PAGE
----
White Nose Syndrome was first discovered to be affecting bats in northeast North America in 2007. Since then it has devastated bat populations in the region and spread substantially across the eastern United States. There are several new developments that may be of interest to Rhode Island naturalists.
The following is a news item sent to RINHS by Bob Brooks, USDA Forest Service Northern Research Station, Amherst, Mass.:
There has been significant documentation of WNS-associated declines in bats populations in winter hibernacula, excellently summarized by Frick et al. in their 2010 Science article. We are now starting to document the effects of this mortality in summer activity surveys. The first report was by Dzal et al. from surveys along the Upper Hudson River, NY. I am pleased to announce that an “in press” report on a 2010 re-survey of my 2004-2006 Quabbin sites is available on the Biodiversity and Conservation website.
Abstract: White-nose syndrome (WNS) was first reported in a hibernating bat population in central New York State in February 2006. Since 2006, WNS has been reported from bat hibernacula across much of eastern United States and adjacent Canada and has been associated with a dramatic decline in the populations of hibernating bats in the northeastern U.S. We are only beginning to discover how these declines are manifest in changes in summer bat abundance and activity at local scales. A 3-year (2004–2006) acoustic survey showed that the forested watershed of the Quabbin Reservoir in central Massachusetts supported an abundant and species-rich summer bat community. In 2010, 4-years following the initial occurrence of WNS, a re-survey of the same habitats and sites found a 72% reduction in bat activity on the watershed. This is the identical rate of decline reported from cave hibernacula surveys (73%). This decline in summer activity levels is most likely a consequence of WNS-caused mortality. The impacts of population losses of this magnitude of a once widespread and abundant taxa are unknown but are presumed to be ecologically significant.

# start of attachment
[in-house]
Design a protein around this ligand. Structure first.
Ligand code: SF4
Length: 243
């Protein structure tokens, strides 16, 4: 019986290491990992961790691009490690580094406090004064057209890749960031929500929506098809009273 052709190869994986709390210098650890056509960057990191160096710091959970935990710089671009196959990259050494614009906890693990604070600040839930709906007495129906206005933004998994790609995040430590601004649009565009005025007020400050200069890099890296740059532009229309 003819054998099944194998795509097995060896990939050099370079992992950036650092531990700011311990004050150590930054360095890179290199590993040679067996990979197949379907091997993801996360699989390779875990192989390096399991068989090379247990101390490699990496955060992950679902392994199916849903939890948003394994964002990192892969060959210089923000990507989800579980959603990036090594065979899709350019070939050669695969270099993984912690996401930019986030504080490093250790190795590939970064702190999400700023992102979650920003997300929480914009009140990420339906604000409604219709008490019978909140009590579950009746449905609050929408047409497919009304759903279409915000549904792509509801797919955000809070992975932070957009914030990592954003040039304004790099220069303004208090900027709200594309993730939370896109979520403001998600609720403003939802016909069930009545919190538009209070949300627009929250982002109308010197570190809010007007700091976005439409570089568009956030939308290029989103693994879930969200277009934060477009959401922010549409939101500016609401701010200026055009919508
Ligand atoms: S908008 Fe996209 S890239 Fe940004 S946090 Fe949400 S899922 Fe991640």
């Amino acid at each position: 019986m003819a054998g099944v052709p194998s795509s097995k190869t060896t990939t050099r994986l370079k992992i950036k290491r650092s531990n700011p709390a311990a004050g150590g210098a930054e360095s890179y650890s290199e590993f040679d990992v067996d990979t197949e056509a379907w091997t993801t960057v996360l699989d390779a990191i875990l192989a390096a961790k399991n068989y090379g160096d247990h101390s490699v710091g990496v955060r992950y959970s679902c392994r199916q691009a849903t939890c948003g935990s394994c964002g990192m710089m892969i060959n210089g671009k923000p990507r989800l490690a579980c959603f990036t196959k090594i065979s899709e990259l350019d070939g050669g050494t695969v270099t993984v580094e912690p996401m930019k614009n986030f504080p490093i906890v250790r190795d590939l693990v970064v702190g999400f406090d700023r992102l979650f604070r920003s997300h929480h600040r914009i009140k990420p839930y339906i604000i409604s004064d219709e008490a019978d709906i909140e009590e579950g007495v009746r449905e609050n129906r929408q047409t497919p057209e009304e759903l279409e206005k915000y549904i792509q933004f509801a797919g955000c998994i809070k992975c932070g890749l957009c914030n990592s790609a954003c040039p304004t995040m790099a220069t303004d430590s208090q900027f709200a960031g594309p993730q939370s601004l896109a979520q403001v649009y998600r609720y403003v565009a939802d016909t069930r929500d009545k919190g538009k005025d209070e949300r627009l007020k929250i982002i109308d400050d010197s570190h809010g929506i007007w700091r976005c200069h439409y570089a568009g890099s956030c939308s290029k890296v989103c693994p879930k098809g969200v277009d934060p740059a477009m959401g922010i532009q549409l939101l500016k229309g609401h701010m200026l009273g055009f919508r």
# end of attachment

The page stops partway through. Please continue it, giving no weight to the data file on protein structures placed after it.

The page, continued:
If anyone is interested in the paper and is unable to access it from the journal website, I would gladly send a digital reprint. -Bob Brooks
WNS is, in all likelihood, caused by a fungus (Geomyces destructans), and has been shown to be transmissible not just from bat to bat but from G.d. spores in the environment, it is imperative that those venturing into caves or other bat habitats and those handling bats take steps to prevent movement of spores and other contamination. To that end, a decontamination protocol has been developed using the best available science. Those interested can follow this link: WNS decontamination procedure
Here in Rhode Island, the Department of Environmental Management, Division of Fish & Wildlife, has been developing bat monitoring procedures to better understand the importance of bats in our local ecosystem and any long-term changes that may result from WNS. DEM Biologist Charlie Brown has been the lead on this project and those interested what’s happening or in what they can do to help should contact him using the DEM Fish & Wildlife website.